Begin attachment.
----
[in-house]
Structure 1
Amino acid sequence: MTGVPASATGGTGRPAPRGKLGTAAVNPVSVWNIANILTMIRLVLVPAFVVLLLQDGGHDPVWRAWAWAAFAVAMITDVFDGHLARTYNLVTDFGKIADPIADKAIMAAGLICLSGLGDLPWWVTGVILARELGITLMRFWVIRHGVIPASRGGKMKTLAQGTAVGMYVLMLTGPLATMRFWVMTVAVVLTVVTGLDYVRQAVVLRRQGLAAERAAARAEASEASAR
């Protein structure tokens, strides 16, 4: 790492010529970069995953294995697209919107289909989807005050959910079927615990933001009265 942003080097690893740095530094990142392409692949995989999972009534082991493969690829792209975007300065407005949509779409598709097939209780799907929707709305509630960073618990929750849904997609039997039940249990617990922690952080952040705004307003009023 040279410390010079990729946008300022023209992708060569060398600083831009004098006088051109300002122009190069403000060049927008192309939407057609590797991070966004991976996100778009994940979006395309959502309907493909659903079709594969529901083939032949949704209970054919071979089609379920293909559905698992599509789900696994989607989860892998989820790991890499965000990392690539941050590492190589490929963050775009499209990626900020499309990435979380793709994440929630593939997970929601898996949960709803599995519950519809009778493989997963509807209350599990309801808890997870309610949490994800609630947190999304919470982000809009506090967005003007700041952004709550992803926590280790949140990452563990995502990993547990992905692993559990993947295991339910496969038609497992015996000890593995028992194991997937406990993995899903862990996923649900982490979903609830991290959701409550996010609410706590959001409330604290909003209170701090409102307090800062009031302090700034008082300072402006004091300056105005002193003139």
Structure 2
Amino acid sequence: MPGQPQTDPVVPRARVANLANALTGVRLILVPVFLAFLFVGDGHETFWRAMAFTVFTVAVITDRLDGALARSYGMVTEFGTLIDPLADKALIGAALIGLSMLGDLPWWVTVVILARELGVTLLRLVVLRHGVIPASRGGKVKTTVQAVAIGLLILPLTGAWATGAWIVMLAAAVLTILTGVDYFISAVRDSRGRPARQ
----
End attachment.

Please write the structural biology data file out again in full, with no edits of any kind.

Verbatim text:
[in-house]
Structure 1
Amino acid sequence: MTGVPASATGGTGRPAPRGKLGTAAVNPVSVWNIANILTMIRLVLVPAFVVLLLQDGGHDPVWRAWAWAAFAVAMITDVFDGHLARTYNLVTDFGKIADPIADKAIMAAGLICLSGLGDLPWWVTGVILARELGITLMRFWVIRHGVIPASRGGKMKTLAQGTAVGMYVLMLTGPLATMRFWVMTVAVVLTVVTGLDYVRQAVVLRRQGLAAERAAARAEASEASAR
């Protein structure tokens, strides 16, 4: 790492010529970069995953294995697209919107289909989807005050959910079927615990933001009265 942003080097690893740095530094990142392409692949995989999972009534082991493969690829792209975007300065407005949509779409598709097939209780799907929707709305509630960073618990929750849904997609039997039940249990617990922690952080952040705004307003009023 040279410390010079990729946008300022023209992708060569060398600083831009004098006088051109300002122009190069403000060049927008192309939407057609590797991070966004991976996100778009994940979006395309959502309907493909659903079709594969529901083939032949949704209970054919071979089609379920293909559905698992599509789900696994989607989860892998989820790991890499965000990392690539941050590492190589490929963050775009499209990626900020499309990435979380793709994440929630593939997970929601898996949960709803599995519950519809009778493989997963509807209350599990309801808890997870309610949490994800609630947190999304919470982000809009506090967005003007700041952004709550992803926590280790949140990452563990995502990993547990992905692993559990993947295991339910496969038609497992015996000890593995028992194991997937406990993995899903862990996923649900982490979903609830991290959701409550996010609410706590959001409330604290909003209170701090409102307090800062009031302090700034008082300072402006004091300056105005002193003139």
Structure 2
Amino acid sequence: MPGQPQTDPVVPRARVANLANALTGVRLILVPVFLAFLFVGDGHETFWRAMAFTVFTVAVITDRLDGALARSYGMVTEFGTLIDPLADKALIGAALIGLSMLGDLPWWVTVVILARELGVTLLRLVVLRHGVIPASRGGKVKTTVQAVAIGLLILPLTGAWATGAWIVMLAAAVLTILTGVDYFISAVRDSRGRPARQ